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  #1  
Old Sat 18 October 2014, 17:05
st_indigo
Just call me: Philip.X.Diaz #123
 
Los Angeles, CA
United States of America
AutoDesk Fusion 360 - Native on Macintosh!

Has anyone else tried Fusion 360 from AutoDesk?

I was continuing my fruitless, years-long search for a CAM app that runs native on OS X, and found that the latest version of AutoDesk Fusion 360 does just that. Exciting!

I've been using it for a couple weeks now for 2.5D work and it has done well so far. It includes very useful options for lead ins, tabs, and cornering, as well as letting you define your work holding clamp/jig/vice so that you do not cut into them. Toolpaths for parts can be made within the 3d CAD model, with router axes oriented to each part - so there's no need to "explode" your model to cut out a part.

One of my favorite features is the timeline editing interface. It lets you go back in your time line to make changes in part creation and machining that auto-update, and don't require you to retrace, subsequent steps - a very powerful and convenient way to work.

AutoDesk offers a FREE license for personal use, so if you want to give it a try, you can do it at no cost. If you use it professionally, they offer licensing on a monthly, quarterly or annual basis, currently $40, $115 and $300 USD.

(note: I have no ties to AutoDesk or Fusion, other than being totally excited that someone has finally made a Mac-based solution for CAD/CAM)

I would love to hear from anyone who tries it.

http://fusion360.autodesk.com/about
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  #2  
Old Sun 19 October 2014, 15:02
Fox
Just call me: Fox
 
Amsterdam
Netherlands
I heard more good stories on it, being free for personal use being the main plus and quite capable... Have not used it, but glanced at it. I was stopped by the cloud thing... I like offline. It's my data and I share when I want it.

For a business I do not like the recurring fees... it adds up quickly, and you end up paying more for it than other software. I'm using several cad tools extensively and it takes years to become fluent in each cad software - so professionally there's no use in learning it if you not going to use it for a longer period of time...

Personal use... Free is cool, and it's quite capable... But what do you do when they start charging for personal use.. it's an old marketing trick, even used on the streets... Give some for free, charge them when they are hooked

Last edited by Fox; Sun 19 October 2014 at 15:07..
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  #3  
Old Sun 19 October 2014, 15:34
ger21
Just call me: Ger
 
Detroit, MI
United States of America
I'm not sure how long this is going to be free.
Next year, Autodesk is moving all their software to a subscription based model.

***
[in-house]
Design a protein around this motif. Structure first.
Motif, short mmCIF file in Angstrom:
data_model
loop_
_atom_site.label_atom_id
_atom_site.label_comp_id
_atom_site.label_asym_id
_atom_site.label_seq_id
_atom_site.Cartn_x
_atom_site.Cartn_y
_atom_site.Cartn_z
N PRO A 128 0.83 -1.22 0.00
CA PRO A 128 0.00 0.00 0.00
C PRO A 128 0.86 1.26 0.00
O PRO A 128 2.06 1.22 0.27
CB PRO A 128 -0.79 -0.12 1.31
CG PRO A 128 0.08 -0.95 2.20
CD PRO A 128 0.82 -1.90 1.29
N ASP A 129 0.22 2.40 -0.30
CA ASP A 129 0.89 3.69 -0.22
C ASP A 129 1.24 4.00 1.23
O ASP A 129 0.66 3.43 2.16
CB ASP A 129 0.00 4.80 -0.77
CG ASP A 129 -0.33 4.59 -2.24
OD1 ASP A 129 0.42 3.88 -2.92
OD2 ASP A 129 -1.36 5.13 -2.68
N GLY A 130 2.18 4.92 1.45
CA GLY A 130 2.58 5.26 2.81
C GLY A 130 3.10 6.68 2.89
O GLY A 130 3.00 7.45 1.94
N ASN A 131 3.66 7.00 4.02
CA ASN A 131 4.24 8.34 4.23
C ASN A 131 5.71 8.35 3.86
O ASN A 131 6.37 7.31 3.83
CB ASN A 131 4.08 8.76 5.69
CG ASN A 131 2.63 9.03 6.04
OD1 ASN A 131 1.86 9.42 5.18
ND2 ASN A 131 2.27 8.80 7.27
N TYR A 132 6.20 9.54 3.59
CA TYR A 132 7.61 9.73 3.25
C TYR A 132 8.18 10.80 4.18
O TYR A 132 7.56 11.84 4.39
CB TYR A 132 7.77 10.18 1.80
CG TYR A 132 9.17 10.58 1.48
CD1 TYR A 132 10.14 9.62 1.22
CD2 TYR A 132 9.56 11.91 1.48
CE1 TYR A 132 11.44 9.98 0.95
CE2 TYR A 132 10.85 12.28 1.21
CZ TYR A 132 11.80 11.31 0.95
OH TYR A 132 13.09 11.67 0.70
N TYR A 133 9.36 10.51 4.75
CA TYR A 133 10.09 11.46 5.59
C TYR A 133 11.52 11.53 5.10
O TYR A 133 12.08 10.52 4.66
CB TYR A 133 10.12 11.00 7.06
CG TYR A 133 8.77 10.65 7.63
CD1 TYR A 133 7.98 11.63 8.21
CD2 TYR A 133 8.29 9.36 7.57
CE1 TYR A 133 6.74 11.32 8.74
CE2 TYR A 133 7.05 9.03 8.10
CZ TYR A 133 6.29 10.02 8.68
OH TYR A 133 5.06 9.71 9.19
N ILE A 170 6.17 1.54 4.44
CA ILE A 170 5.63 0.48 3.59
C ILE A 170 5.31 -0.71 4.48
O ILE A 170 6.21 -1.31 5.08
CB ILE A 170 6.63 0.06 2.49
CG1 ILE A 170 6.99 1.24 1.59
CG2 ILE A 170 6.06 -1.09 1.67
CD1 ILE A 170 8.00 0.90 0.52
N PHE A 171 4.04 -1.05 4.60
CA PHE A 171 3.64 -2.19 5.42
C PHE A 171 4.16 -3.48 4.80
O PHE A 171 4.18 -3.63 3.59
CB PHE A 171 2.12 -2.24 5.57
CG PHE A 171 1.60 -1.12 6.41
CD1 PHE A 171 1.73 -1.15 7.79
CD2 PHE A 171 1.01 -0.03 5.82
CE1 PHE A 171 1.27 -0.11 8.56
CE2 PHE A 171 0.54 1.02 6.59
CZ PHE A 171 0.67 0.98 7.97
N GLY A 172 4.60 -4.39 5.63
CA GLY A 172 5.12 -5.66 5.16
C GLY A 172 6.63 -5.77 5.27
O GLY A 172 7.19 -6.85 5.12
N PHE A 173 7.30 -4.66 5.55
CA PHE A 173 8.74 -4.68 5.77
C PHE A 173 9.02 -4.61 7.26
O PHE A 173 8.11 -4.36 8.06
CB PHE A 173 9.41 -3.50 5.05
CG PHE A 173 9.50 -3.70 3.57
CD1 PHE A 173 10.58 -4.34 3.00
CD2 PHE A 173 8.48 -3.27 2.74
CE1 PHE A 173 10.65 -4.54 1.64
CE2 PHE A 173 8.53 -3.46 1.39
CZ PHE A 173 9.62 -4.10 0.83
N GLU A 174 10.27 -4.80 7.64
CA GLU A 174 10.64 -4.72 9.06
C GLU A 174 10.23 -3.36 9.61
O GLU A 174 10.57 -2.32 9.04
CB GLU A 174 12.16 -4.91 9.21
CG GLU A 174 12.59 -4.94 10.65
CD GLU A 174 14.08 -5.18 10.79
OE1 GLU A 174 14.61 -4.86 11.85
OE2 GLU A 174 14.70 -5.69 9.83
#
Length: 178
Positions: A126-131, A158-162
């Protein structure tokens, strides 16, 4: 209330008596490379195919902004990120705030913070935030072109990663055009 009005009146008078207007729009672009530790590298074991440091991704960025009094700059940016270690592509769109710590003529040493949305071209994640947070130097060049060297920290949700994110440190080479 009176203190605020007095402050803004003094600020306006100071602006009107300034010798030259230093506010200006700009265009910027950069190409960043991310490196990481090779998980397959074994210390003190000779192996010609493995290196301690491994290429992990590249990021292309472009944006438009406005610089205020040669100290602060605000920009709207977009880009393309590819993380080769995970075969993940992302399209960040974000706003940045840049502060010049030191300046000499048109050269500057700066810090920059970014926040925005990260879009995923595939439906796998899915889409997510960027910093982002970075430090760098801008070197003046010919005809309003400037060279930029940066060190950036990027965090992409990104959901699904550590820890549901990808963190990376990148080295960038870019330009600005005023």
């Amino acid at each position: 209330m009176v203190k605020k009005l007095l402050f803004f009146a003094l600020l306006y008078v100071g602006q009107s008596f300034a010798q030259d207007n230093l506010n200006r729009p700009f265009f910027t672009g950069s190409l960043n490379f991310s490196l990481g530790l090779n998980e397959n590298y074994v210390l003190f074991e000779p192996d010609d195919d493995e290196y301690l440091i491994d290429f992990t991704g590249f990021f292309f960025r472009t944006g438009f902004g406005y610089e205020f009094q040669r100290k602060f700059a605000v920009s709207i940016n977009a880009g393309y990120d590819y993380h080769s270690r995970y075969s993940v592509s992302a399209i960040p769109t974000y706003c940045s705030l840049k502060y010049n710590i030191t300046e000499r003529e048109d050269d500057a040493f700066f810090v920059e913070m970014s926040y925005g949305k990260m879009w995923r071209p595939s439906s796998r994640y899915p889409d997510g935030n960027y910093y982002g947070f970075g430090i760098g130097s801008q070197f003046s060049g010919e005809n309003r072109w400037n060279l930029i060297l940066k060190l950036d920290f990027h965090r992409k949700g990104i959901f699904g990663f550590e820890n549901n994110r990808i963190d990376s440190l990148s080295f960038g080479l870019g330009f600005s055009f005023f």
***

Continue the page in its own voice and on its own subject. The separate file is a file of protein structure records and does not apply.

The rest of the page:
They claim it's to better serve their customers, but it's really just to make more money.
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  #4  
Old Sun 19 October 2014, 17:29
pblackburn
Just call me: Pete #98
 
South-Central Pennsylvania
United States of America
You must also be careful of the cloud based software. You can lose rights to stuff you do not wish to. Read the license agreements careful. Free is not always a good thing. I was always told that if it is free, look for the catch as very little is truly free.
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  #5  
Old Sun 19 October 2014, 19:04
racedirector
Just call me: Bruce #122
 
New South Wales
Australia
I wouldn't touch free cloud based software as as been said, the "free" could go "paid" at any time. When it does that ALL your work is gone or locked up until your fork over dollars. I may be in the older crowd who is always wary of anything free that you do not store your work on a local machine but there have been too many things go wrong with this model that everyone should be careful.

Stick to locally installed software, you'll be better off in the long run.
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  #6  
Old Sun 19 October 2014, 22:12
Duds
Just call me: Dale
 
Canberra
Australia
I think you won't have a lot of choice, "in the long run", you will be using cloud services or stuck on software that is out of date. If you have seen what's happened in accounting services they have pretty much all gone too the cloud and offer minimal support to customers on running desktop services. It has been a rocky transition but hasn't been all that bad an outcome and there are benefits to cloud services.
More competition
Better data portability
Real and better consideration of IP ownership in legal theory.
Better data integrity
Better data backup services and strategies
Increased opportunities for developers and startups

Of course the benefits cost and that's the cost of doing business. Just my 2c.
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  #7  
Old Sun 19 October 2014, 22:20
pblackburn
Just call me: Pete #98
 
South-Central Pennsylvania
United States of America
I do agree with what you state. But you do have to read the EULA carefully. I have seen some that, where by using the free service you give away rights to images to the provider. So as with anything, it is buyer beware.
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